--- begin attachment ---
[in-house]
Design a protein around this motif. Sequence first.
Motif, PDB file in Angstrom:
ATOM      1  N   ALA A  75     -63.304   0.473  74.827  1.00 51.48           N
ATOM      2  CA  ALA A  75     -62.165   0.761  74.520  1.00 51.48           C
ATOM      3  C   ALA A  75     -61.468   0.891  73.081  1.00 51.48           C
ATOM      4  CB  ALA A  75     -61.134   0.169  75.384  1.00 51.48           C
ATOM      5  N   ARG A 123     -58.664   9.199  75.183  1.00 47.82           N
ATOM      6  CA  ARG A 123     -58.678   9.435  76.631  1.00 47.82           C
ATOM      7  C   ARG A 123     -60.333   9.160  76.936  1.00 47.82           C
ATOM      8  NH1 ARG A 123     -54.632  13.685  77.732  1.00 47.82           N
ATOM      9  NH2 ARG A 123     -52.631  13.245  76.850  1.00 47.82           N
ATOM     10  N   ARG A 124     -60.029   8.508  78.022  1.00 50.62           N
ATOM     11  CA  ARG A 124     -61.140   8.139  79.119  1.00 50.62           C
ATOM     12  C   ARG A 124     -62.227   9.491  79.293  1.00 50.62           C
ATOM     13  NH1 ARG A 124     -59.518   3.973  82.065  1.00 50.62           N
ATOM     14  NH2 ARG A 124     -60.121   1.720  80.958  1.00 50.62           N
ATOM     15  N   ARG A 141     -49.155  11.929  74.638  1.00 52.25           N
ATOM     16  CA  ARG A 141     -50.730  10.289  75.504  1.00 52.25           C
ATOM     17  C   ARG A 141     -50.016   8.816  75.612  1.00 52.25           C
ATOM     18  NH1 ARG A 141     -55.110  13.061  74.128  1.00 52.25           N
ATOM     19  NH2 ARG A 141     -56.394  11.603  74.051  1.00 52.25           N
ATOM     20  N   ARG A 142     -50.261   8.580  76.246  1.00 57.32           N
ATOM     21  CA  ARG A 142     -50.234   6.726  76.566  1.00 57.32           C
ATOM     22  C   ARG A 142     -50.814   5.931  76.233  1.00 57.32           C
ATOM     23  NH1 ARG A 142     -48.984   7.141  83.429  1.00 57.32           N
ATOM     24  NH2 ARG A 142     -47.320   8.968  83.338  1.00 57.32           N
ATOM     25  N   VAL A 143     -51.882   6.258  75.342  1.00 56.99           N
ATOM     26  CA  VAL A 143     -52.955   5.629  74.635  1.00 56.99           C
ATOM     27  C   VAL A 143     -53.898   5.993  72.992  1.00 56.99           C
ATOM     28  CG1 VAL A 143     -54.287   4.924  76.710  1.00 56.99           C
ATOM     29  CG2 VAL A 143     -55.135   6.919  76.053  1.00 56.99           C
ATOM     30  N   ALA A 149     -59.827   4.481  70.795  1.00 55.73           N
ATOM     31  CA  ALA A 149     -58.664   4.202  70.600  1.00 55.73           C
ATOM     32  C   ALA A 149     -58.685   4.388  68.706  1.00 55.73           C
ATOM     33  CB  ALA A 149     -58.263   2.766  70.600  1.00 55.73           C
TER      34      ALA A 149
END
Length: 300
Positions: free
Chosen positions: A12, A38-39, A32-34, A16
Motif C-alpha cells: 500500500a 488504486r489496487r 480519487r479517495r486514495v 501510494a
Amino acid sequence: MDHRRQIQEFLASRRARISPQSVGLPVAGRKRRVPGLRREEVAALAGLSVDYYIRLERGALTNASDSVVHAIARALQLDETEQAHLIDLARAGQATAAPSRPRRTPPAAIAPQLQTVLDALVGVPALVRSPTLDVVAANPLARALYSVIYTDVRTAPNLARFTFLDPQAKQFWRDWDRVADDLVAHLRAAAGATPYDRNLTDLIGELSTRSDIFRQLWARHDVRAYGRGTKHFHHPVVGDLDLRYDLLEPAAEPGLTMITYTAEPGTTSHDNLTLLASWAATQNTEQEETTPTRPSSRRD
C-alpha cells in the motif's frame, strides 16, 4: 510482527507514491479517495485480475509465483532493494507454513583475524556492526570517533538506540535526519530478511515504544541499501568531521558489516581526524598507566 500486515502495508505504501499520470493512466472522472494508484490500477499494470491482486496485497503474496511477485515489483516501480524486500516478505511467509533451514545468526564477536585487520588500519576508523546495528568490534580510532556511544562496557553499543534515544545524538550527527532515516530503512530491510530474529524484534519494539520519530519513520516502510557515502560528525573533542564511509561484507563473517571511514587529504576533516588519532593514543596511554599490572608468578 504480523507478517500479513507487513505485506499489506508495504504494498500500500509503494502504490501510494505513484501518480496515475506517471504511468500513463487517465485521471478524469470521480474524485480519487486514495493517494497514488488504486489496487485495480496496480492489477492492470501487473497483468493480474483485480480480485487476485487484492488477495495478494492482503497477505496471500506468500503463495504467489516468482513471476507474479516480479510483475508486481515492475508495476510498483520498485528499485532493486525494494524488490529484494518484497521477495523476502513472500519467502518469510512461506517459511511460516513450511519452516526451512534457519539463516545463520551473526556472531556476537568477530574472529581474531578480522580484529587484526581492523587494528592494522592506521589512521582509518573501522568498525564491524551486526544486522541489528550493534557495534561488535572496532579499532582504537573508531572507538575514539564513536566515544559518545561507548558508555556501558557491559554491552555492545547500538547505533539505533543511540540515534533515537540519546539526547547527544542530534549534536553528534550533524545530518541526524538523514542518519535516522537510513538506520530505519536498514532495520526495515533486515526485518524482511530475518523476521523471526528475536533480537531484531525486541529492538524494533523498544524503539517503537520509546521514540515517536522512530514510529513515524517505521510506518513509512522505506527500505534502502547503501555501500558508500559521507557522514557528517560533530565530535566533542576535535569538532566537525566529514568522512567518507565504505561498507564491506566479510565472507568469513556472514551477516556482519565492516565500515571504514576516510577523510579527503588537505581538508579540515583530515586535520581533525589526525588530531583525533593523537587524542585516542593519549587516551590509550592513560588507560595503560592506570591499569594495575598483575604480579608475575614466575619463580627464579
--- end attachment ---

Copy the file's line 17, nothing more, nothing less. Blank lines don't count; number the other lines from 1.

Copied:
ATOM     14  NH2 ARG A 124     -60.121   1.720  80.958  1.00 50.62           N